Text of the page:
Fired Baggage Handler Offered Full Reinstatement and Back Pay

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Lynn Jones was working as a baggage handler at the Reno-Tahoe International Airport when she says she was asked to load an ill, neglected dog into the cargo hold of a plane waiting to depart for Texas on November 15th.

When she refused, she was fired on the spot, and the national uproar that followed has convinced her former employer to offer her a chance to return to work.

Airport Terminal Services took tremendous heat yesterday as word of the incident spread. Outraged animal lovers lambasted ATS for firing Jones, and the pressure of thousands of angry calls and e-mails was apparently enough for ATS to see the light: yesterday afternoon, she was offered reinstatement and back pay.

ATS president Sally A. Leible issued the following statement:

Airport Terminal Services (ATS) sincerely regrets the events that took place at Reno-Tahoe International Airport last week involving our employees and the reporting of suspected animal abuse.

We applaud Ms. Lynn Jones’ courage to report the unfavorable condition of the animal she encountered, and we encourage others to be as vigilant as she was.

Further, we have connected with Ms. Jones today to extend her an offer to be fully reinstated to her position with back pay. We will continue to work diligently to resolve this matter. We are hopeful that this valued ATS team member will rejoin us.

ATS will use this experience as a valuable reminder for all of our employees nationwide, and we intend to move forward with a renewed commitment to recognize and report animal abuse in any form.

Additionally, in light of this regrettable incident, ATS will be making a three-year financial contribution to the Nevada Humane Society in an effort to strengthen awareness regarding the mistreatment of animals.

Jones said she is considering the offer, but has made no commitment as of yet.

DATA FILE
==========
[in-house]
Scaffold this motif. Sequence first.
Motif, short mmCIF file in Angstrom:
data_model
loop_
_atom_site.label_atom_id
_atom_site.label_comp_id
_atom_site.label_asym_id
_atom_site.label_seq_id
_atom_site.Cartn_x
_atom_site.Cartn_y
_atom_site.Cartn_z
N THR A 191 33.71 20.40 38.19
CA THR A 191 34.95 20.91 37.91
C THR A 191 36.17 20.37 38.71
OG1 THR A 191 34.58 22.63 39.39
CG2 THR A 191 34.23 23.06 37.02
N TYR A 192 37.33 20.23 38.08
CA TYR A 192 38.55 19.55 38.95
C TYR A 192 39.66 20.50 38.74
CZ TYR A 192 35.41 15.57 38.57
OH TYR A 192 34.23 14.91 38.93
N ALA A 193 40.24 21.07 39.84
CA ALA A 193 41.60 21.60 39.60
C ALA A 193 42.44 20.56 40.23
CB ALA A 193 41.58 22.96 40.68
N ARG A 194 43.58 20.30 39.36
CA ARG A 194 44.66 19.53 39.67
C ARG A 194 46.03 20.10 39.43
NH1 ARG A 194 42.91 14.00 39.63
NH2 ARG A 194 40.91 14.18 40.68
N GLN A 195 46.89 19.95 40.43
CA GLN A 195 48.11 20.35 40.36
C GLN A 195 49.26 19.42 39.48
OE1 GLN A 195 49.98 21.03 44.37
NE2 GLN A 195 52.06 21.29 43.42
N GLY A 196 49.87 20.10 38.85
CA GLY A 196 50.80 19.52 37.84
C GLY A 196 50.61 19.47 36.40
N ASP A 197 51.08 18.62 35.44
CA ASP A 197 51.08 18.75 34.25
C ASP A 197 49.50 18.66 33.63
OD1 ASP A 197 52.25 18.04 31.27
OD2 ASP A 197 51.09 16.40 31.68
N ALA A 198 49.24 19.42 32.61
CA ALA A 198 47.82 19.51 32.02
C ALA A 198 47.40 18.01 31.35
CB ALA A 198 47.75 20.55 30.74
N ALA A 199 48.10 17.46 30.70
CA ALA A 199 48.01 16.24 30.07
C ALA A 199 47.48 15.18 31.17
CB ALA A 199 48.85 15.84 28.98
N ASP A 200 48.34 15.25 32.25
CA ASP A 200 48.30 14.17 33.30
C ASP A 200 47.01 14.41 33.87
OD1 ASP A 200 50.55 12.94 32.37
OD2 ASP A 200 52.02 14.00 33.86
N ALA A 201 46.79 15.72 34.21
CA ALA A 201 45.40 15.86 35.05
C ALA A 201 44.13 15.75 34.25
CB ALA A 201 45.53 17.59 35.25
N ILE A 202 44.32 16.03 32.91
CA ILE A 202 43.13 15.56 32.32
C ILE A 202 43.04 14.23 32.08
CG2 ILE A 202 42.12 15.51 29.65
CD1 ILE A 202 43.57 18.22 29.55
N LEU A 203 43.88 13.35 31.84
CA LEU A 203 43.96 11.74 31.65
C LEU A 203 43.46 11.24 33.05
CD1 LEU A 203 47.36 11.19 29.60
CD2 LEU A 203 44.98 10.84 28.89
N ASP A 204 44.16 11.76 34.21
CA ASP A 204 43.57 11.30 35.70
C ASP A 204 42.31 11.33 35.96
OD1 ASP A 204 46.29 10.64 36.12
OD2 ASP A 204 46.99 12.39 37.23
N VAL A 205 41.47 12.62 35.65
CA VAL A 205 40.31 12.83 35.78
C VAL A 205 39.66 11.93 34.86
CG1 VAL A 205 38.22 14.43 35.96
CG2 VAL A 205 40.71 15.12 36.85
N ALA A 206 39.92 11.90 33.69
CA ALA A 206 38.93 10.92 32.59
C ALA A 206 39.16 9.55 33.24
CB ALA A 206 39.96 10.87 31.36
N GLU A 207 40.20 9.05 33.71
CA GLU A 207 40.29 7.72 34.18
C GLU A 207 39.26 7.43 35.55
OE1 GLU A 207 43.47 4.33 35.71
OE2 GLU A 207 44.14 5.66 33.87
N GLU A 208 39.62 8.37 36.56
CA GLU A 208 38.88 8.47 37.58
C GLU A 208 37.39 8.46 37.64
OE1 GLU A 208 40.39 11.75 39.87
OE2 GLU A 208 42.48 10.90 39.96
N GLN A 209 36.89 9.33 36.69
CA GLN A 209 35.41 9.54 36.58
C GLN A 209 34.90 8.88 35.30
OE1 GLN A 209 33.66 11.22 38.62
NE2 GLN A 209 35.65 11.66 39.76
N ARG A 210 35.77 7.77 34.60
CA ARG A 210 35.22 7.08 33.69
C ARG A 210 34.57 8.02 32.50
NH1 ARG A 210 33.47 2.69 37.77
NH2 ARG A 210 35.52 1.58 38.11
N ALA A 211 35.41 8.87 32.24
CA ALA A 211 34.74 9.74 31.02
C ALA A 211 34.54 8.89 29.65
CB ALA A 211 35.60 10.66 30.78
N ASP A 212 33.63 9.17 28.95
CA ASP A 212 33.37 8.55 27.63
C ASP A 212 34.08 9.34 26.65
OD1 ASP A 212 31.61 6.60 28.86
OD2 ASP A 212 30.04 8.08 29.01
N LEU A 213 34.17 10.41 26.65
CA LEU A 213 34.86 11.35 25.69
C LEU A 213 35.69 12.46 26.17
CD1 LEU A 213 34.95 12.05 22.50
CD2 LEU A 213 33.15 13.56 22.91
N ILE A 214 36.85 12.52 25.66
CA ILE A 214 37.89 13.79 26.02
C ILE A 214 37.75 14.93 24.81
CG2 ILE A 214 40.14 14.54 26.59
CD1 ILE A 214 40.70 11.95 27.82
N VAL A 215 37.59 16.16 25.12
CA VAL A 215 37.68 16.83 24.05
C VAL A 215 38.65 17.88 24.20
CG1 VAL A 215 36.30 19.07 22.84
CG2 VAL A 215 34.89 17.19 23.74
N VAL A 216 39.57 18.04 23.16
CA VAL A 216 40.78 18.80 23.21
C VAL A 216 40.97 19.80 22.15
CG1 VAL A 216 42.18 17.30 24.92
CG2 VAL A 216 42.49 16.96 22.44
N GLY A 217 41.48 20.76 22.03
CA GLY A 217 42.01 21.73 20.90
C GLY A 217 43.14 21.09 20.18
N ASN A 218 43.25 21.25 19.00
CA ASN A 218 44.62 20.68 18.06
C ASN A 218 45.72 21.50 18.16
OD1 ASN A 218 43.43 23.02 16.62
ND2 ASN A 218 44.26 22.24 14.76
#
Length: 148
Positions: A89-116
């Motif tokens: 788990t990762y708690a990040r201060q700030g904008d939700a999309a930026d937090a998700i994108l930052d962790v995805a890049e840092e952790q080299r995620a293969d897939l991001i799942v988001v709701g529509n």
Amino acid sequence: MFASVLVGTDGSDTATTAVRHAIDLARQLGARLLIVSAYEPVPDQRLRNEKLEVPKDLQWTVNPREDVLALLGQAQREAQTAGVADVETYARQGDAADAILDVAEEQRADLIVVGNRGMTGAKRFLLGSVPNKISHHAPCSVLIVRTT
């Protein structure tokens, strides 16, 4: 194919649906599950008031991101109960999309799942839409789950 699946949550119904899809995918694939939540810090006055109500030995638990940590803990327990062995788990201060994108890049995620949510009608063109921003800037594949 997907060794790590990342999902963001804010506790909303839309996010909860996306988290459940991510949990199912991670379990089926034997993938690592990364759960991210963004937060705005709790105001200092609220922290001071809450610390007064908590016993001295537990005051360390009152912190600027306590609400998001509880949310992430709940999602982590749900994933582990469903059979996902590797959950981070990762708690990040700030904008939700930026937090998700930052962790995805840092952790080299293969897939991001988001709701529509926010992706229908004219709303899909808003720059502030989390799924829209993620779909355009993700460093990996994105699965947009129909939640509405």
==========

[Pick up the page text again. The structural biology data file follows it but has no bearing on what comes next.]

12 thoughts on “Fired Baggage Handler Offered Full Reinstatement and Back Pay”

  1. This story started off about the welfare of the dog and now the focus seems to have shifted completely to the bagage handler (who did a great job and I applaud her), airport officials and legislation. Now I read that the dog was returned to it’s owner?!

  2. The original story said the dog was “too thin” (in whose opinion?? an ex-groomer’s who only works with pets? Hunting dogs are ALWAYS thin just as top human runners are ALWAYS thin). Sores and bleeding? THAT was the important issue.

    – Maybe the dog hurt itself from fear during the pre-loading procedures.
    – Maybe some other baggage handler caused the dog to be harmed. That would *not* be due to any abuse on the part of the owner.

    There’s a lot of judgement against the dog’s owner in these comments when NO ONE knows exactly when the dog got sores, what caused the sores, or why it was acting sick.

    – Was the dog dehydrated? Had all its’ water been dumped hours before by some other baggage handler, or while the dog was freaking out?
    – Was it just tired after freaking out from being near screaming engines and supervisors / baggage handlers? We DO NOT KNOW.

    I applaud the airline’s decision to pay to educate future baggage handlers, supervisors and animal control officers about when a dog is too sick (for whatever reason) to be shipped. But, rushing to judgement as to whether a sick animal has actually been abused? Please. No one has even seen photographs of the dog! THINK.

  3. Unfortunately, this had to be made public to get resolved but looks like it had a purpose. Educating airline employees to recognize problems and for it to be PART OF THEIR JOB to report it. Brave lady … stood up as the voice for the animals who have none. Bravo … hope it all works out for her.


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